Might the Arabs Have a Point?
by Patrick J. Buchanan
The American Conservative
16 January 2006
Karen Hughes, President Bush's newest undersecretary of state for
public diplomacy and the caretaker of America's image abroad, has her
work cut out for her.
A Zogby survey of 3,900 Arabs in Morocco, Egypt, Saudi Arabia,
Lebanon, Jordan, and the United Arab Emirates has uncovered massive
distrust of U.S. motives in the Middle East.
Unkindest cut of all, Arabs would prefer that President Chirac and
France lead the world rather than us, and, rather than have us as the
world's lone superpower, they would prefer the Chinese.
While Arabs are not as rabidly anti-American as in the aftermath of
the Iraq invasion, still, by 77 percent to 6 percent, they believe the
Iraqi people are worse off today, and by four-to-one, Arabs say the
U.S. invasion has increased, not decreased, terrorism.
Designed by Arab scholar Shibley Telhami of the Brookings Institution,
the survey reveals pervasive cynicism about the stated goals of George
W. Bush. When asked, "When you consider American objectives in the
Middle East, what factors do you think are important to the United
States?" the Arab answers came as follows:
Fully 76 percent said the Americans are there for the oil, 68 percent
said to protect Israel, 63 percent to dominate the region, and 59
percent to weaken the Muslim world. Only 6 percent said we were there
to protect human rights and another 6 percent said to promote
democracy. Asked directly if they believe President Bush when he says
democracy is our goal, two of every three Arabs, 78 percent in Egypt,
said that, no, they do not believe Bush.
Asked to name the two nations that present the greatest threat to
regional peace, 70 percent named Israel, 63 percent the United States,
and 11 percent Britain. Only 6 percent named our bête noire Iran.
Asked to name the foreign leader they disliked most, Sharon swept top
honors with 45 percent. Bush took the silver with 30 percent. No one
else was close. Tony Blair came in a weak third. Only 3 percent of the
Arabs detest him most.
While only 6 percent agreed with al-Qaeda's aim to establish an
Islamic state and only 7 percent approve of its methods, 20 percent
admire the way al-Qaeda "stood up for Muslim causes" and 36 percent
admire how it "confronts the U.S."
Favorite news source? Sixty-five percent named Al-Jazeera either as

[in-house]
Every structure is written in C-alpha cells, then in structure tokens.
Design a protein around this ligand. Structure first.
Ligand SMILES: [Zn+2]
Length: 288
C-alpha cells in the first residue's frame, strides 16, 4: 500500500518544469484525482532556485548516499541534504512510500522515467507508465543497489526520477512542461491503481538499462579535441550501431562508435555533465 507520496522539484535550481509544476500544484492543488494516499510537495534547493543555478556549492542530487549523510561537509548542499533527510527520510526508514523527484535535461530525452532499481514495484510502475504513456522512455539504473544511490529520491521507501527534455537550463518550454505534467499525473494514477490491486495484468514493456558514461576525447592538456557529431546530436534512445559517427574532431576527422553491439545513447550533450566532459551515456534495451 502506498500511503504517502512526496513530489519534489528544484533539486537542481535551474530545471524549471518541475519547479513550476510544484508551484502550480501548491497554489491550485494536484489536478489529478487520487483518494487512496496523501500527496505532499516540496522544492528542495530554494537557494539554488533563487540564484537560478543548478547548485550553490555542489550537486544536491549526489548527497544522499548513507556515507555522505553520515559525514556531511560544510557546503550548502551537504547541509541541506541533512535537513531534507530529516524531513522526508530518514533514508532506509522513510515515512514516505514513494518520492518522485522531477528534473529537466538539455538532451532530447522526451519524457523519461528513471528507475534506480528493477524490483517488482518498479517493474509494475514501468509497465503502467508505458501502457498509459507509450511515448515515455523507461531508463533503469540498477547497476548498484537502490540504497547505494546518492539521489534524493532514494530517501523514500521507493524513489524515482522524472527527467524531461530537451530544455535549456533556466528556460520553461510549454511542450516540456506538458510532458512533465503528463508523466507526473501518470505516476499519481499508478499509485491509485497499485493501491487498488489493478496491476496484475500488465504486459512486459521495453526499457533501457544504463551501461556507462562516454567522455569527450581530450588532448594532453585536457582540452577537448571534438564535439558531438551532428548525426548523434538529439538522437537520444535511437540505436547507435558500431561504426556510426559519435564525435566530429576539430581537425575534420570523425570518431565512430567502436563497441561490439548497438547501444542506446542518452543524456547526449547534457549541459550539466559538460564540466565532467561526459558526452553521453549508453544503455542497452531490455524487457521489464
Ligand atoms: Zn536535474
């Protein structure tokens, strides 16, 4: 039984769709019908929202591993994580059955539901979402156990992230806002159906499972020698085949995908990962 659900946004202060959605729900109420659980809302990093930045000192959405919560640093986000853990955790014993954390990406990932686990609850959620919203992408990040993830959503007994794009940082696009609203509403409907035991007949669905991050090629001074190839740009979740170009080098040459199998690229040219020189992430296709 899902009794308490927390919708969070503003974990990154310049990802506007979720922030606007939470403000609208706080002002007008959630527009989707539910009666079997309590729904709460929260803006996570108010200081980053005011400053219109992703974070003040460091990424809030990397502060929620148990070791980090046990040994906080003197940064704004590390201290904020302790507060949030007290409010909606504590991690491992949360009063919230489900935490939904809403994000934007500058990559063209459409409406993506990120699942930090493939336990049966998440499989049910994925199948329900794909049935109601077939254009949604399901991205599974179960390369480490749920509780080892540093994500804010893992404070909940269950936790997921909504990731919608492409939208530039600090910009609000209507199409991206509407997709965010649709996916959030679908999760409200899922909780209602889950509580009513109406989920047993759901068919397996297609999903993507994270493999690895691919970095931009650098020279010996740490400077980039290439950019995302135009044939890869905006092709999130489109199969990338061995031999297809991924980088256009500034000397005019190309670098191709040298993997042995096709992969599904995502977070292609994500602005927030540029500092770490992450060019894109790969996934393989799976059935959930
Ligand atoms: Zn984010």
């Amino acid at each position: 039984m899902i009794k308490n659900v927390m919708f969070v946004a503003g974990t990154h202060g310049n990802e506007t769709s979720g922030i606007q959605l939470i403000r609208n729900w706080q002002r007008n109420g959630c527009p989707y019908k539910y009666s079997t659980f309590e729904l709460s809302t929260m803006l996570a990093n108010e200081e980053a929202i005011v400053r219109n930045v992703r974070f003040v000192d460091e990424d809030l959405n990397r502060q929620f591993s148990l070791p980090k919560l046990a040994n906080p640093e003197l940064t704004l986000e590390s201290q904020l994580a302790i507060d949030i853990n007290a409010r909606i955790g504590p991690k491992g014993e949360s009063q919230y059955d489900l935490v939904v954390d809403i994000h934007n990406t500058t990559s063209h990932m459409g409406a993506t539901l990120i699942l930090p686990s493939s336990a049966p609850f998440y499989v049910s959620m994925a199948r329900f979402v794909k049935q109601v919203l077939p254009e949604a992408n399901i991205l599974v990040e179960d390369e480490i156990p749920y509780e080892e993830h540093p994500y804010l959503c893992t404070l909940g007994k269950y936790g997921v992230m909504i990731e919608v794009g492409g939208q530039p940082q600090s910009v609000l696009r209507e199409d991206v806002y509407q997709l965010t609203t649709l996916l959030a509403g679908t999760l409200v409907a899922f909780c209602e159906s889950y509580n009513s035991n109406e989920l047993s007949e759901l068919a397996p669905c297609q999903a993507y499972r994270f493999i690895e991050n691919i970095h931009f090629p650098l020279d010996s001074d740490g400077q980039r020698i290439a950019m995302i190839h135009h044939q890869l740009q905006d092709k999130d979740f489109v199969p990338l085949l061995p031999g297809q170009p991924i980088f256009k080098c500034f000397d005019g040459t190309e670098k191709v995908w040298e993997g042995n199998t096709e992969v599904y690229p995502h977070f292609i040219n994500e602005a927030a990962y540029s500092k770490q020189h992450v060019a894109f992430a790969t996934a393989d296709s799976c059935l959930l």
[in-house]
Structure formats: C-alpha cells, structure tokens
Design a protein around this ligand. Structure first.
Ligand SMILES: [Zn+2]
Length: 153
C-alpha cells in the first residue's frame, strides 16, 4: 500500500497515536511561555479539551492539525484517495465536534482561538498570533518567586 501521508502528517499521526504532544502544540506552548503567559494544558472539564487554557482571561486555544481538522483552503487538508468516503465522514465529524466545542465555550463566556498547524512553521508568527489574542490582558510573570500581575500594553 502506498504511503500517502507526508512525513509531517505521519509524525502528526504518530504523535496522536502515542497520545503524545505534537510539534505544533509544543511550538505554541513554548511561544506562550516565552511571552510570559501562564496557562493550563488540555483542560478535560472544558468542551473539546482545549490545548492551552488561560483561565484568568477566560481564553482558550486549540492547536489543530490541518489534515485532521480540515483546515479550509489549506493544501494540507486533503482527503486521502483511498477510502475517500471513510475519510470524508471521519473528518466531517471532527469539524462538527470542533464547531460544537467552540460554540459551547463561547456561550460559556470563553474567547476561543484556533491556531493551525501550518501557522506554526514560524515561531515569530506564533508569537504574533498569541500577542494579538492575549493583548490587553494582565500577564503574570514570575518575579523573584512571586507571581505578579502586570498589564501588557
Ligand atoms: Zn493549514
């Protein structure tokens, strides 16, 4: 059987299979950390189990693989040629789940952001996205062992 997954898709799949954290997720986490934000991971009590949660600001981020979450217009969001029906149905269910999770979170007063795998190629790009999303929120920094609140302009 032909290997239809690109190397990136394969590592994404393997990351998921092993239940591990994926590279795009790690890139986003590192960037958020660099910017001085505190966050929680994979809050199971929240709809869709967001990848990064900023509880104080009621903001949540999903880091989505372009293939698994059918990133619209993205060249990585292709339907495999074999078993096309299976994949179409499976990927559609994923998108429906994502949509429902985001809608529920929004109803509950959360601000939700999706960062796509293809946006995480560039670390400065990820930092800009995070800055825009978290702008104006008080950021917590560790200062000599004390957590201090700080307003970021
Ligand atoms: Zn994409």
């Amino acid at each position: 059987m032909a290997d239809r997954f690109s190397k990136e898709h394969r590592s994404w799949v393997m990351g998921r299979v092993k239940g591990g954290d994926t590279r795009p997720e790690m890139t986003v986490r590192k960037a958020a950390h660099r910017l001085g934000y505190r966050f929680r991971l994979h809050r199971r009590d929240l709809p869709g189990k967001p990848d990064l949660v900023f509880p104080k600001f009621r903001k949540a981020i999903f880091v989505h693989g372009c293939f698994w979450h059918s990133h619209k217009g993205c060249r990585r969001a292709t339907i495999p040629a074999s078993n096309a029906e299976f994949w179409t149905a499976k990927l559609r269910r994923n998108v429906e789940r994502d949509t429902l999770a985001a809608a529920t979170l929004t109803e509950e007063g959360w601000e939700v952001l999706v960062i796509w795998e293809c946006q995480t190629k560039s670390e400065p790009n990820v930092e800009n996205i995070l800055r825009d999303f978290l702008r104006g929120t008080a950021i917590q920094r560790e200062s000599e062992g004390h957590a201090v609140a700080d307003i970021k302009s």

their favorite or second favorite. What Fox News is to red-state
America, Al-Jazeera is to the Arab street.
America's standing in the Arab world could hardly be worse. And the
questions the survey raises are these: Do we care? And, if we do, do
not the Arabs have a point? Has not U.S. behavior in the Middle East
lent credence to the view that our principal interests are Israel and
oil, and, under Bush II, that we launched an invasion to dominate the
After all, before liberating Kuwait, Secretary of State Baker said the
coming war was about "o-i-l." And while we sent half a million troops
to rescue that nation of 1.5 million, we sent none to Rwanda, where
perhaps that many people were massacred.
If Kuwait did not sit on an underground sea of oil, would we have gone
in? Is our military presence in the Mideast unrelated to its control
of two-thirds of the world's oil reserves?
If human rights is our goal, why have we not gone into Darfur, the
real hellhole of human rights? If democracy is what we are fighting
for, why did we not invade Cuba, a dictatorship, 90 miles away, far
more hostile to America than Saddam's Iraq, and where human rights
have been abused for half a century? Saddam never hosted nuclear
missiles targeted at U.S. cities.
And is Israel not our fair-haired boy? Though Sharon & Co. have
stomped on as many UN resolutions as Saddam Hussein ever did, they
have pocketed $100 billion in U.S. aid and are now asking for a $2
billion bonus this year, Katrina notwithstanding. Anyone doubt they
will get it?
Though per capita income in Israel is probably 20 times that of the
Palestinians, Israel gets the lion's share of economic aid. And though
they have flipped off half a dozen presidents to plant half a million
settlers in Arab East Jerusalem and the West Bank, have we ever
imposed a single sanction on Israel? Has Bush ever raised his voice to
Ariel Sharon? And when you listen to the talking heads and read the
columns of the neocon press, is it unfair to conclude that, yes, they
would like to dump over every regime that defies Bush or Sharon?
Empathy, a capacity for participating in another's feelings or ideas,
is indispensable to diplomacy. Carried too far, as it was by the Brits
in the 1930s, it can lead to appeasement. But an absence of empathy
can leave statesmen oblivious as to why their nation is hated, and
with equally fateful consequences.
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